Effects of two different subs in close proximity.

I was wondering of someone could link me or shed light on the effects of two different subwoofers used in close proximity to each other. I'm particularly interested in tapped horn subs. It seems to me like we're dealing with cancellation issues.

Last summer I tested two different tapped horns, one stack on the other and noticed a dip in expected output. At first I realized this was a polarity issue but changing polarity on one of the subs helped but not as much as expected.

For simplicity's sake, lets say "Sub A" is about 8 feet from throat to mouth and "Sub B" about 4 feet.

Thanks for any information you can provide. :)


  • DifferentTappedHorns.jpg
    51.9 KB · Views: 88

Zero D

2009-08-06 11:11 am
You also need to delay the cab with the shortest path length to match the others longer length & delay. A digital delay would do it, as built into many crossovers etc.

To discover Exactly what the delays of both cabs are, you would need a good mic & software such as REW etc. Set the mic the same distance from each cabs output, say 1 metre @ LOW volume, & read of the distance in the software on your comp.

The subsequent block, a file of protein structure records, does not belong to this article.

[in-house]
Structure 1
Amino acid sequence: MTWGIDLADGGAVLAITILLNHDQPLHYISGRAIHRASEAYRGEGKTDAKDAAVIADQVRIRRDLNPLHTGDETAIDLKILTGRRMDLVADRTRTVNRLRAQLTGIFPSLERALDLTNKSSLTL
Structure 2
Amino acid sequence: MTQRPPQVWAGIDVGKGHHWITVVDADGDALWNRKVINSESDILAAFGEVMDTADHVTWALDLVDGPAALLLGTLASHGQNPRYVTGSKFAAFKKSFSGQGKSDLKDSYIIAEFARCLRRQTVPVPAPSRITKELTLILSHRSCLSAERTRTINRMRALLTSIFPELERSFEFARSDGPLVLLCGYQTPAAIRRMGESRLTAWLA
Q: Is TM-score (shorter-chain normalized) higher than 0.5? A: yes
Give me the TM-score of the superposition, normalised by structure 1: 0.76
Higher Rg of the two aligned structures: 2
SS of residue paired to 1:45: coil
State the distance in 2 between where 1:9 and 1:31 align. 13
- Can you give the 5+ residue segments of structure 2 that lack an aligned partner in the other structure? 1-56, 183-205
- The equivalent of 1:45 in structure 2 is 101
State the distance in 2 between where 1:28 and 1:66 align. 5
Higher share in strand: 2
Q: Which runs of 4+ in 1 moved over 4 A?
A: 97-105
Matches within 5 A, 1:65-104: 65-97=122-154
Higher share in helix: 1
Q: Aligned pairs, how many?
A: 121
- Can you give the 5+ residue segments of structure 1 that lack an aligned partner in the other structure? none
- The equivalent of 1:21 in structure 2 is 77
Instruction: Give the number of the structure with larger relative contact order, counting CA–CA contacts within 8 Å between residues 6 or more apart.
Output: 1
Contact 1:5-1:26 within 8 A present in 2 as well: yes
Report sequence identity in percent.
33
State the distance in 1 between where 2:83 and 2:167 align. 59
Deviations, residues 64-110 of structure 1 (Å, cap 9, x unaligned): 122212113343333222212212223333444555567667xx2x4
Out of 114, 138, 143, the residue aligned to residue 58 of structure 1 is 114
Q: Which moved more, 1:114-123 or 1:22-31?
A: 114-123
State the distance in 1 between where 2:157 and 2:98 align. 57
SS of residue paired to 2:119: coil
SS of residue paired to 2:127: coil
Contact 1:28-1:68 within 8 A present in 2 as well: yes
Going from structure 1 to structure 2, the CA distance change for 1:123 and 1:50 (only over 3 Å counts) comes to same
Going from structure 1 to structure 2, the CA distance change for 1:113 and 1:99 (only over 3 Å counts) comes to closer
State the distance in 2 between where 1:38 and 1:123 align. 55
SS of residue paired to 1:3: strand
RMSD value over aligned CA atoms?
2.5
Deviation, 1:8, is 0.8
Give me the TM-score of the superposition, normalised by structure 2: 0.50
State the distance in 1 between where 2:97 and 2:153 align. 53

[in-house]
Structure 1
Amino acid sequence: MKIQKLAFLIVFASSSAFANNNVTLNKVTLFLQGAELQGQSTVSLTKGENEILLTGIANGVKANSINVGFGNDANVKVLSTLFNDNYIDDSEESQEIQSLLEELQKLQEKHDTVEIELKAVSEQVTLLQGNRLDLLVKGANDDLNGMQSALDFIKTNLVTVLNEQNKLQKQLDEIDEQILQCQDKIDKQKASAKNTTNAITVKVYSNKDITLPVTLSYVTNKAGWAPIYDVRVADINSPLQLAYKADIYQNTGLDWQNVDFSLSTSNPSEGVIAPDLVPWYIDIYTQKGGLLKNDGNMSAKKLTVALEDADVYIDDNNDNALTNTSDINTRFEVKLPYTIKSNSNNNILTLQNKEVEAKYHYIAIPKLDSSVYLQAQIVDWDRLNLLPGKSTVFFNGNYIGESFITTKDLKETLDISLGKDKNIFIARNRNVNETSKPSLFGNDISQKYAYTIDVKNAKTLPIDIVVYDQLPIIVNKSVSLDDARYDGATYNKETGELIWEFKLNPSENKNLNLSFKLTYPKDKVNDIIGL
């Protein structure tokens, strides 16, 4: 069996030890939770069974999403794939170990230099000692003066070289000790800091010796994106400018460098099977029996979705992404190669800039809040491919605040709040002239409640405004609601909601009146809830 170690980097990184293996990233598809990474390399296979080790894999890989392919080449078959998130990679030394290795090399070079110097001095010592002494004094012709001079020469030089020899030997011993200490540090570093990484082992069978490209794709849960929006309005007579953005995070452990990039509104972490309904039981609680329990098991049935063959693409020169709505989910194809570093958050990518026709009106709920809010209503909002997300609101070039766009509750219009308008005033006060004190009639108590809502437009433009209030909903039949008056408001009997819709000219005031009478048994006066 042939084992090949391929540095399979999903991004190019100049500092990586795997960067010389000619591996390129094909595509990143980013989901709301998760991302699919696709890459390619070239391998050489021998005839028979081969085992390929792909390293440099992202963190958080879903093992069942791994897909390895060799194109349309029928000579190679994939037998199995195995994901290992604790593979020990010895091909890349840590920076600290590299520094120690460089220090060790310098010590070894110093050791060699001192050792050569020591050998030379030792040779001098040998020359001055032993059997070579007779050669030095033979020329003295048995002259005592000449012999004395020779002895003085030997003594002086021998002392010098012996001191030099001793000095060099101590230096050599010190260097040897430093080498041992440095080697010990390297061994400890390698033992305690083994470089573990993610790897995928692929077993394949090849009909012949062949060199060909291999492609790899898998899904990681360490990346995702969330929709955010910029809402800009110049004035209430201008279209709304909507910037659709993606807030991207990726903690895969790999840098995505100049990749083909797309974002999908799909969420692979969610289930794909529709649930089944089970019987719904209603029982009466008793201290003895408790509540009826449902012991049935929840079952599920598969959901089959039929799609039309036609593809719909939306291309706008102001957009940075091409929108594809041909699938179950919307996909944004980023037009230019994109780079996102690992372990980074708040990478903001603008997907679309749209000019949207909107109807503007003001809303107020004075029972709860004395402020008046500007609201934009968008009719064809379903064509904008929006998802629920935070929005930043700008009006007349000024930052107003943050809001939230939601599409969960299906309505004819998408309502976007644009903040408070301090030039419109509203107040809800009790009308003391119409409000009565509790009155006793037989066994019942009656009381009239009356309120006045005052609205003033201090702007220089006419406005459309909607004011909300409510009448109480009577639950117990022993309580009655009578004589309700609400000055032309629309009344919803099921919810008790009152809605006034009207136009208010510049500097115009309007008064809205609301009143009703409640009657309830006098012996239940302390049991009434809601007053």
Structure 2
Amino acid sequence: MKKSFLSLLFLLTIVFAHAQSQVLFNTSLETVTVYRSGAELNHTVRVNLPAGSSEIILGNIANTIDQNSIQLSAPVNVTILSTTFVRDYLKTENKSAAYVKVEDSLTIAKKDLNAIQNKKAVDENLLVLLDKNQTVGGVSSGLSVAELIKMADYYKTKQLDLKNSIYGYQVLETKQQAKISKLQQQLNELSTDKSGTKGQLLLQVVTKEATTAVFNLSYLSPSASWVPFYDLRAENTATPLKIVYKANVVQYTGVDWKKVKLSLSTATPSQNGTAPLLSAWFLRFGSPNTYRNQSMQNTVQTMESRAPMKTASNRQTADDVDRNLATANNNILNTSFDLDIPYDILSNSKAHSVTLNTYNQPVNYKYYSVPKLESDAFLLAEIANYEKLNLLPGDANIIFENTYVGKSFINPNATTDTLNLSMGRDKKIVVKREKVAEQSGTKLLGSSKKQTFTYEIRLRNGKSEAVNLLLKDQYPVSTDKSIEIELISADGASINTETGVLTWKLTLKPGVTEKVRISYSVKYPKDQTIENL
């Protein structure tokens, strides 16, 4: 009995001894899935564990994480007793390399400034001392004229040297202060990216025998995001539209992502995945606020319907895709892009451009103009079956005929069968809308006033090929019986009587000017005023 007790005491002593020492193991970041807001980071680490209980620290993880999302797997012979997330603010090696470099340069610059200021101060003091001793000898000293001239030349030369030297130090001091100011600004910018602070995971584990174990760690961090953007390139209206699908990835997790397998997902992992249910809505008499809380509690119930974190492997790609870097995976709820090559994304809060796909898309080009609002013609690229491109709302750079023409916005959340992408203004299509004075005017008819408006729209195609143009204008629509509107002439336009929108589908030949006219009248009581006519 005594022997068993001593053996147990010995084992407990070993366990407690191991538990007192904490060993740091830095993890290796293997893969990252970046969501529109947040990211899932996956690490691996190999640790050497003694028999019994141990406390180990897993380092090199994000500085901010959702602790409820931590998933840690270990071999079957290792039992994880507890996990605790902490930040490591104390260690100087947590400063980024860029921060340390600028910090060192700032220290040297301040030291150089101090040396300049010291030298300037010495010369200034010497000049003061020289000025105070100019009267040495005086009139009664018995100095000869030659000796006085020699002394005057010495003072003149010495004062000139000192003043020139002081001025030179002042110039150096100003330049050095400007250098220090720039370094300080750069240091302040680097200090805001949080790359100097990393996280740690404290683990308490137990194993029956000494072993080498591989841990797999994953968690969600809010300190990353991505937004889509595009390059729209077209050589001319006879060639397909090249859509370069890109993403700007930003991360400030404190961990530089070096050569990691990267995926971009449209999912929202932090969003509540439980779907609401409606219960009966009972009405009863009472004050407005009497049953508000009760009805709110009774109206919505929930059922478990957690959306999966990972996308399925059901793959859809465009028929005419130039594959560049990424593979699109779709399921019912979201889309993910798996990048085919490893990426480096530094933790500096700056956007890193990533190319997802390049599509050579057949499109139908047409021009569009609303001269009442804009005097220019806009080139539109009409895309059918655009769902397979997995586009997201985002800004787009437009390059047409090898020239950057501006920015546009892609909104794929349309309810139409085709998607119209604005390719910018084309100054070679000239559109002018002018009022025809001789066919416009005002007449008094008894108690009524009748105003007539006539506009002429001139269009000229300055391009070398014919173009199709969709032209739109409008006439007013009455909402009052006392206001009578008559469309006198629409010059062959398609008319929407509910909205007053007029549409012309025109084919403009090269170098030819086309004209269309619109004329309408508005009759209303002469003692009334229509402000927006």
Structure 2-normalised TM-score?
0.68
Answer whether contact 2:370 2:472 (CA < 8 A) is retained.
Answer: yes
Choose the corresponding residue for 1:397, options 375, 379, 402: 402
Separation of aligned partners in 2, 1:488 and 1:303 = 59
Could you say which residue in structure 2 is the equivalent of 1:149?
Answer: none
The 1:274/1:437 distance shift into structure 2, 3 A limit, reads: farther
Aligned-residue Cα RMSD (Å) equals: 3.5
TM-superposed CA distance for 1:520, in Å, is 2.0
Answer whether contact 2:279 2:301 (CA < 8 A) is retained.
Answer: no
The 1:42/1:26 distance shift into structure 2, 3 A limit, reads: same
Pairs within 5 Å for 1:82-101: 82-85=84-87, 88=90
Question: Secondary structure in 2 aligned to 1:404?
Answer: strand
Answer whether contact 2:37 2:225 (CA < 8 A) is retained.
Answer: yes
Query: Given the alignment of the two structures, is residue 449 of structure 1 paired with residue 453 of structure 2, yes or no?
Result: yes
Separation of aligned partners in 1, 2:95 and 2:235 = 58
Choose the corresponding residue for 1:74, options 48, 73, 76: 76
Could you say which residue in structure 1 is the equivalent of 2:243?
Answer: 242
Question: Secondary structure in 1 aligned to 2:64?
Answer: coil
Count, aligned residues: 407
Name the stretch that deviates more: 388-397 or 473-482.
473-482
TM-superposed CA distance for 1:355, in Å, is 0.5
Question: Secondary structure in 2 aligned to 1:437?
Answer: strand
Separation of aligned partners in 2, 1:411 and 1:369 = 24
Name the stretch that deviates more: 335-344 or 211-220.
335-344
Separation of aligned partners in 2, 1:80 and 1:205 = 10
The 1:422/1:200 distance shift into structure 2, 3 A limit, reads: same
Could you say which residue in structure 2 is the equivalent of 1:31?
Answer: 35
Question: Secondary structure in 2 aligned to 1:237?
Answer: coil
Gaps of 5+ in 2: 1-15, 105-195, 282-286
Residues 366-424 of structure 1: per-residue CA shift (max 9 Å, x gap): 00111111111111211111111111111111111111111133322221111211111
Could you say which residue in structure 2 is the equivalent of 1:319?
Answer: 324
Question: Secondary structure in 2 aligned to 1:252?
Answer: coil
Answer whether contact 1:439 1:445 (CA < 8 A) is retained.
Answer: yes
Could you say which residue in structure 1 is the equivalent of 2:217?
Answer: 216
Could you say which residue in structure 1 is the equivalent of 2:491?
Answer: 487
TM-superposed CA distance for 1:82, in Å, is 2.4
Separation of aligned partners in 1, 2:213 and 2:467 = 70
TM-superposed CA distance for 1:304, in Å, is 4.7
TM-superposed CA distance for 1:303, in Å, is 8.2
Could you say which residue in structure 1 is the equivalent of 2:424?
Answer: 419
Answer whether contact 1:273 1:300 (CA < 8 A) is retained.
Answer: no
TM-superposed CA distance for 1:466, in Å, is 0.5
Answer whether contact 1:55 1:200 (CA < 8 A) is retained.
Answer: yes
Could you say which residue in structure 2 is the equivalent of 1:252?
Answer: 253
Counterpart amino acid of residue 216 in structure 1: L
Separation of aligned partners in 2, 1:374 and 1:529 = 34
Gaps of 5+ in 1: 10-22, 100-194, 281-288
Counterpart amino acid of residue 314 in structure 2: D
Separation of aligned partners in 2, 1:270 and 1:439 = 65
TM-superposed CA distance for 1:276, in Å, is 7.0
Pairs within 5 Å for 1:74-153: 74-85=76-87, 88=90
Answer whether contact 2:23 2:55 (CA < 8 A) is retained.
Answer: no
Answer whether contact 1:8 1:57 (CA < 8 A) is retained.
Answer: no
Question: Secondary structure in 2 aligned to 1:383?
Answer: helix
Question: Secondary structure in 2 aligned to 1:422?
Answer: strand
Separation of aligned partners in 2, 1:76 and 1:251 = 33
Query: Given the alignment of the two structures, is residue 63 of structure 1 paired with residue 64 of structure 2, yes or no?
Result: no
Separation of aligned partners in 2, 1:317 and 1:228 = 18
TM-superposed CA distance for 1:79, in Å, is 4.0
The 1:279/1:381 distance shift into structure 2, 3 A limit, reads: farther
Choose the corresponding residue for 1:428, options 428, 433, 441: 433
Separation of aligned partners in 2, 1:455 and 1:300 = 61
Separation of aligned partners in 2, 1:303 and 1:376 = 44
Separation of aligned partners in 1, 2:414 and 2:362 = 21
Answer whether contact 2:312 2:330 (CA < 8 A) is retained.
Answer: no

Then you would need to do the same with your top cabs to ensure their delay matches the bass cabs.
THs aren't good for mixing and matching.

From what I can tell (and this has gone round a few times), most of the LF output is from the front of the cone, and is fed down the length of the horn, past the magnet, and out.
Higher up, most of the output is from the magnet side of the cone. In-between, its anyone's guess.
You'll have phase wraps all over the place, either way.

In a more general sense, I'd recommend using cabinets all of the same tuning (as a minimum), as this will ensure reasonable phase tracking between cabinets, and also you avoid situations where one cab can go loud, and the other can go low, but if you try to run the two, you can only go as loud as the quieter one (plus 6dB), and only as low as the higher one. Its a waste of both of them.